In Hindu theology, Divine Power is conceived as a divine woman-the Goddess. Sometimes she is wholly autonomous and sometimes she is the divine spouse of the creator God, Siva or Visnu. She is also held to be the evolving material source of every created phenomenon. Religious texts like Puranas and Tantras have thoroughly investigated the mysterious nature of the Cosmic Goddess. Tantra as a religious practice endeavoured to show how through ritual and Yoga one may achieve the realization of the mystery of the Supreme Goddess. Authors in Sanskrit and modern Indian languages have poured out their ecstatic devotion to the Goddess. She is close to the heart of the passionate devotee, who adores her as mother or daughter - a mortal emotional bond with the divine so peculiar to Hindus. She is also sovereign Power a little part of which reigning royalties covet to possess in order to be good rulers. AS the divine woman she is represented in all women. Therefore women should be holding a high position amongst Hindus. But the question is, do they? In spite of the obvious contrary evidence, women do succeed in carving out a very important position in Hindu religious practices by having their alternative religious rituals highly valued by Hindu women have a very complex interrelationship.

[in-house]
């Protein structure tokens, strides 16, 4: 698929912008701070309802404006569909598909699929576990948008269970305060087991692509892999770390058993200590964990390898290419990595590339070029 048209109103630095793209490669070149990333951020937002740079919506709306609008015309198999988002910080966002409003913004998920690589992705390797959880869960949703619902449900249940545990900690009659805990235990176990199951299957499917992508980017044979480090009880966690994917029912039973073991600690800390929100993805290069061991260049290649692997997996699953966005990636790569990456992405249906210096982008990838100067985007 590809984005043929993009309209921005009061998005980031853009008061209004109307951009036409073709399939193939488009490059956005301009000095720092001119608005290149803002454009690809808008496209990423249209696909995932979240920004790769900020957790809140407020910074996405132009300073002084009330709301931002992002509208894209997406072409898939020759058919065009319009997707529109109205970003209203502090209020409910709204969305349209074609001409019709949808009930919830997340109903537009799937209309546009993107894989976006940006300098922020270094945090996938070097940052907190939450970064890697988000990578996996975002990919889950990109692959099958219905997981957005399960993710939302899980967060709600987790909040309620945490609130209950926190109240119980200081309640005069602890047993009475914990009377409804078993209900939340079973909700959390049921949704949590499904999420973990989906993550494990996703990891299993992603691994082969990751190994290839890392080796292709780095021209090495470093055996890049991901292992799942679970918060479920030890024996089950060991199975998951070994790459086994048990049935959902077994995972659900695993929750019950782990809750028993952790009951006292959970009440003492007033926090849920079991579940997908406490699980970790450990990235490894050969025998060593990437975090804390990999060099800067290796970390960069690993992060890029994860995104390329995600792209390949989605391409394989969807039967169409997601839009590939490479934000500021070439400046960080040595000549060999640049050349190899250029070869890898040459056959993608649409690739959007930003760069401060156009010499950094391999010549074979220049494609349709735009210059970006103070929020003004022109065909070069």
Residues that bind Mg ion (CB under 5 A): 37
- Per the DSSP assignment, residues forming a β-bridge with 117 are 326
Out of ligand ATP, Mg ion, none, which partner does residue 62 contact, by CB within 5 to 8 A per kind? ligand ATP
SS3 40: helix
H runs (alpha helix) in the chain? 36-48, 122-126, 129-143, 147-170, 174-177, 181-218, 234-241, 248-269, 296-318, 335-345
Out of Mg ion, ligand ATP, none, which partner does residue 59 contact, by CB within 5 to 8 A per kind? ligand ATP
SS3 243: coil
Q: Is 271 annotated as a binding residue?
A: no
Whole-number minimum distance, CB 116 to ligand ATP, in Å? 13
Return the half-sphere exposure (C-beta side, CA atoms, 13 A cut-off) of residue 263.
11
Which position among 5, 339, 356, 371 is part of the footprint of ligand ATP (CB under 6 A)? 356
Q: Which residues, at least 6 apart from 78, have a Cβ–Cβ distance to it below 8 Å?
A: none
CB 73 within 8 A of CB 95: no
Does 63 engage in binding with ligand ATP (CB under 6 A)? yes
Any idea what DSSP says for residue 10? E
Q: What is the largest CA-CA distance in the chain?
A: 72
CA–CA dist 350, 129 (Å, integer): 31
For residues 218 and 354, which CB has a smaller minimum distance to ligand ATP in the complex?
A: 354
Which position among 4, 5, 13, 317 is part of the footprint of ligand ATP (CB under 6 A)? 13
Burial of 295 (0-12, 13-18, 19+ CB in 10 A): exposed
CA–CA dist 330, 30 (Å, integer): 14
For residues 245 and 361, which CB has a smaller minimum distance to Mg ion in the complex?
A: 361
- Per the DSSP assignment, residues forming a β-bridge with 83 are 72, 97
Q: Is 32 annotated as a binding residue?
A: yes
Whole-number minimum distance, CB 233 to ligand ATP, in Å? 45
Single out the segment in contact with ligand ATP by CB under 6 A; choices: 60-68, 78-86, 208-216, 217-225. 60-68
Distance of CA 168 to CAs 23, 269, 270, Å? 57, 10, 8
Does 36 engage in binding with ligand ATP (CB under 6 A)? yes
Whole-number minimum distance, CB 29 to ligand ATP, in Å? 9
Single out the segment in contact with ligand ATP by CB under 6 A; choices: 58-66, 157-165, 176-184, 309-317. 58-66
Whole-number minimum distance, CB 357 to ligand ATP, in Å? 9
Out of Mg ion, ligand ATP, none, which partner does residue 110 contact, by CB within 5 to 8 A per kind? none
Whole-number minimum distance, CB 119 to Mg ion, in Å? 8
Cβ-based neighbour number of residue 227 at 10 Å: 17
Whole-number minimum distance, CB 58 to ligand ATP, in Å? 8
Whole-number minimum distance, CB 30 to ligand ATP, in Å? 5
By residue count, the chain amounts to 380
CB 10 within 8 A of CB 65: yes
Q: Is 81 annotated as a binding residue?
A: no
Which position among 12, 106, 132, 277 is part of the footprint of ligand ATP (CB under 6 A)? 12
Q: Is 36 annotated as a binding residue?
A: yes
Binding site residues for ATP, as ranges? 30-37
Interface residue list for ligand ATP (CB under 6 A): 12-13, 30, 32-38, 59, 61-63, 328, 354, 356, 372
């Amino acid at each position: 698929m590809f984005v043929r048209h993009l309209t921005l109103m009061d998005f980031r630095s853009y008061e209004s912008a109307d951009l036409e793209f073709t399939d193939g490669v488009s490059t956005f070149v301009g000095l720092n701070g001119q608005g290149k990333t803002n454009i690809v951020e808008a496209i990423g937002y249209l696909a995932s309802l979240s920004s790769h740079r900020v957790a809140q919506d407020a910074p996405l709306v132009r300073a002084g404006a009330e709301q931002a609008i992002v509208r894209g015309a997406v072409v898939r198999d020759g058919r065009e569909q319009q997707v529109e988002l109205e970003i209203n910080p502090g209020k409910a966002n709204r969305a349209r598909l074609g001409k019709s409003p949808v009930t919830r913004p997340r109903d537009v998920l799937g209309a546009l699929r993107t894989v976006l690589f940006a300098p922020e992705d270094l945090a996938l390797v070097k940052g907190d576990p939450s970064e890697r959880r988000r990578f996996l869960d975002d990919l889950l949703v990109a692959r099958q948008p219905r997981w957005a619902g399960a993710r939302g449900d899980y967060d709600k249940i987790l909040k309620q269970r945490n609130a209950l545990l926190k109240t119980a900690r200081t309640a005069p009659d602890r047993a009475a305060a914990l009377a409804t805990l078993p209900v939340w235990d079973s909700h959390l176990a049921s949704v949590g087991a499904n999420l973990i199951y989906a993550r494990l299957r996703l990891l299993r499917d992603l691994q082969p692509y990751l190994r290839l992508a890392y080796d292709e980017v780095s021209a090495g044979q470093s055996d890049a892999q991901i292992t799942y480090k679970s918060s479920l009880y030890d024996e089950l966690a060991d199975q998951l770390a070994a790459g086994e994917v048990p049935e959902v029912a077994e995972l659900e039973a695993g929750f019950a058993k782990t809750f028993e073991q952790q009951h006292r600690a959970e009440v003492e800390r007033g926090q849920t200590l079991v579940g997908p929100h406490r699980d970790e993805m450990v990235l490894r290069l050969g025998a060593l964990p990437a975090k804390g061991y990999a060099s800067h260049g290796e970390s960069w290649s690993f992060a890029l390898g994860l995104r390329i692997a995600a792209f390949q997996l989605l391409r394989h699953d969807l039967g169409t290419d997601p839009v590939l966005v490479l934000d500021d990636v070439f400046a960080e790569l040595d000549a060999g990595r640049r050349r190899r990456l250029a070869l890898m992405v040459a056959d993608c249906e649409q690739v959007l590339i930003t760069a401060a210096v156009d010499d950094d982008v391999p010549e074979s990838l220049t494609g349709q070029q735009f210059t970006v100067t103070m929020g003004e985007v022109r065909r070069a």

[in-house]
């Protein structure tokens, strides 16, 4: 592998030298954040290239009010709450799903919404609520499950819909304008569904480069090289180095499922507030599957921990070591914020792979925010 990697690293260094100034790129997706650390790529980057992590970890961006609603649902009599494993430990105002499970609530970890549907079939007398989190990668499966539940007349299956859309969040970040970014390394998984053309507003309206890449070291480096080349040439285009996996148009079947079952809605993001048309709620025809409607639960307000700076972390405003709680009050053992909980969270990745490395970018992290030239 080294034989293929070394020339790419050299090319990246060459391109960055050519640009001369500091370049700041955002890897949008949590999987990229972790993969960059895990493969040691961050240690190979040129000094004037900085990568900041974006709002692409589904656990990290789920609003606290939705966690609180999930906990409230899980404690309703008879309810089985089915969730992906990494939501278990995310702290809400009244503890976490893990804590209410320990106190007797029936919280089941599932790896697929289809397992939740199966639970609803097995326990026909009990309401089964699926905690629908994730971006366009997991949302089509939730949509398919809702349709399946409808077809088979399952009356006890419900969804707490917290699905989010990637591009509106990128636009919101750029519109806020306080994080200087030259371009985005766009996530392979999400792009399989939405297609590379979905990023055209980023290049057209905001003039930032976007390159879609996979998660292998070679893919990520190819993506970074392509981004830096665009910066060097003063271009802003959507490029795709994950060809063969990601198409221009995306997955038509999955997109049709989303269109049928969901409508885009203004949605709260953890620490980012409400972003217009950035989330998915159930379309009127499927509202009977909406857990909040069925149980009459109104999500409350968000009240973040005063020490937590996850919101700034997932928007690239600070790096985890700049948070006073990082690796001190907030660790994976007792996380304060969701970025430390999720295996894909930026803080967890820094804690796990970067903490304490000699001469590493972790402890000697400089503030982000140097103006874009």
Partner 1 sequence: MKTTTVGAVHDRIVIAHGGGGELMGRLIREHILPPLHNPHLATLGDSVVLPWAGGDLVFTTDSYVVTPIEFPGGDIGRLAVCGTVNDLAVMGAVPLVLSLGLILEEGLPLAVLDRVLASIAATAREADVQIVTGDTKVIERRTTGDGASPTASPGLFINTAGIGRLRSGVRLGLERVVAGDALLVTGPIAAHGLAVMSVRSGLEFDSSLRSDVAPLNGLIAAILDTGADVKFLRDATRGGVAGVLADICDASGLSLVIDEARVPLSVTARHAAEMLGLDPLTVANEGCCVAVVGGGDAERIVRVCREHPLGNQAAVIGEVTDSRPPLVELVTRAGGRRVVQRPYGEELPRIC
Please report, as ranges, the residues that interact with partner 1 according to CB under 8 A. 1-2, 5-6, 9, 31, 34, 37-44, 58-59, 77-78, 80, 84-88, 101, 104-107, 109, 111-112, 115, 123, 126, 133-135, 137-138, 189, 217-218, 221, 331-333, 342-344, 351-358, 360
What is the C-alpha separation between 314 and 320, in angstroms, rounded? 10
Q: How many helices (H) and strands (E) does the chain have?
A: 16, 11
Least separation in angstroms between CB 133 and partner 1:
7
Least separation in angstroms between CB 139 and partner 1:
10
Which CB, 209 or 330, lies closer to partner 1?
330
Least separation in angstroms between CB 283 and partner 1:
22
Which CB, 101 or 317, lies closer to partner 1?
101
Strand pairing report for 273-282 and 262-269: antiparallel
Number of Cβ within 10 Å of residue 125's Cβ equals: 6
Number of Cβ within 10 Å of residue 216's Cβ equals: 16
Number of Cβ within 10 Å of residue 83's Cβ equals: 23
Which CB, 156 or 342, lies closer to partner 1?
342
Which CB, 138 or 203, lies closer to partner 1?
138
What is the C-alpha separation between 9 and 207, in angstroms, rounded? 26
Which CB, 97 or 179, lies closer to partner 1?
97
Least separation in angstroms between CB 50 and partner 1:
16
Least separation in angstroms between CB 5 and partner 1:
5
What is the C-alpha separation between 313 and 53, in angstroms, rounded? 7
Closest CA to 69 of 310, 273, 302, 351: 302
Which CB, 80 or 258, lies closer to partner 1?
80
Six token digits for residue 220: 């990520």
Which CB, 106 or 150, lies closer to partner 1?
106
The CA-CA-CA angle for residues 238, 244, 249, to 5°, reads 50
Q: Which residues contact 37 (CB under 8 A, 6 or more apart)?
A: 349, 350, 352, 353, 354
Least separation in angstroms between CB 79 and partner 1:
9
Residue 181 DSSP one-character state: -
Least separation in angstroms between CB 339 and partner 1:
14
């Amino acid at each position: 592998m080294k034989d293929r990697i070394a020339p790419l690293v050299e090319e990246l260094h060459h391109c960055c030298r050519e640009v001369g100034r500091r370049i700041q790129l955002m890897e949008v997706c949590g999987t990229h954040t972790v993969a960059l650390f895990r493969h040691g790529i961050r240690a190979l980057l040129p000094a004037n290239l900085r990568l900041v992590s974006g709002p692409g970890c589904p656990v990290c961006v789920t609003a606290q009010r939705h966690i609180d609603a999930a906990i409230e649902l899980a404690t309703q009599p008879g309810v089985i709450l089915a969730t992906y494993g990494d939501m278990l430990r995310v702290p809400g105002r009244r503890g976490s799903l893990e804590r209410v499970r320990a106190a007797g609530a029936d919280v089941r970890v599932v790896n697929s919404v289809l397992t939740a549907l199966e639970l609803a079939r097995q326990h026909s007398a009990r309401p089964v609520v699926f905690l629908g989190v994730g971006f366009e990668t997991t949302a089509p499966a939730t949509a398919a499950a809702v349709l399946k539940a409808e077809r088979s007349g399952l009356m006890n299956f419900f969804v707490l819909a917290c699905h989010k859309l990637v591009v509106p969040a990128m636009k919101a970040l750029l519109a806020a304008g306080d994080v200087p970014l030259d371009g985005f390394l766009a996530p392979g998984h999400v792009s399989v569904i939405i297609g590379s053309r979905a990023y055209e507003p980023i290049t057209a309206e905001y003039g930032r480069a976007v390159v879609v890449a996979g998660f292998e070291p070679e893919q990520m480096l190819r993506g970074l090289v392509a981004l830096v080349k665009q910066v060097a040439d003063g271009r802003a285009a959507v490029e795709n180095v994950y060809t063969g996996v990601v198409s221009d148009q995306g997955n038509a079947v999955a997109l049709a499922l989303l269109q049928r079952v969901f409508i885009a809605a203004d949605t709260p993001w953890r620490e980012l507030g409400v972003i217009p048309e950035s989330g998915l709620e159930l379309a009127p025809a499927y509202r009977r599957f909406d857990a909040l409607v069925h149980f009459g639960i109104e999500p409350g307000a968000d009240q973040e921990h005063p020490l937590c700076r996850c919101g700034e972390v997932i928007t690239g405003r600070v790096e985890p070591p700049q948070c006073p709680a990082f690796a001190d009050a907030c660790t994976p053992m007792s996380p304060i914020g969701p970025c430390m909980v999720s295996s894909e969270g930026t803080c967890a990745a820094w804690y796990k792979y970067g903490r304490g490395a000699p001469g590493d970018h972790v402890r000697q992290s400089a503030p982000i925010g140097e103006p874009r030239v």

The book focuses on the great cosmic Goddess and her ritual worship, Tantric theology and praxis in a wider sense, the attitude of her devotees towards her authority and the social character of the Tantric practitioners, and the position of Bhakti. It also figures out the position of women inside the Tantric and non-Tantric Hindu religious milieu. The Goddess symbolizes the supreme divine authority that activates the creation, protection and governance and necessary dissolution of the world in accordance with the ancient Indian concept of cyclical time. But She also discharges the divine sovereign privilege of punishing evil-doers and rewarding true devotees. Finally, the relevant forms of the Cosmic Goddess in this book are Sri/Tripurasundari/ Lalita; Goddess Kali and Her various emanations; and Laksmi and Her powers in the Pancaratra canonical texts.
Dr. Sanjukta Gupta is an authority on the early Pancaratra (Vaisnava) cult and sectarian system. She taught for almost twenty years at the University of Utrecht (Netherlands) and is now teaching in the Faculty of Oriental Studies, University of Oxford.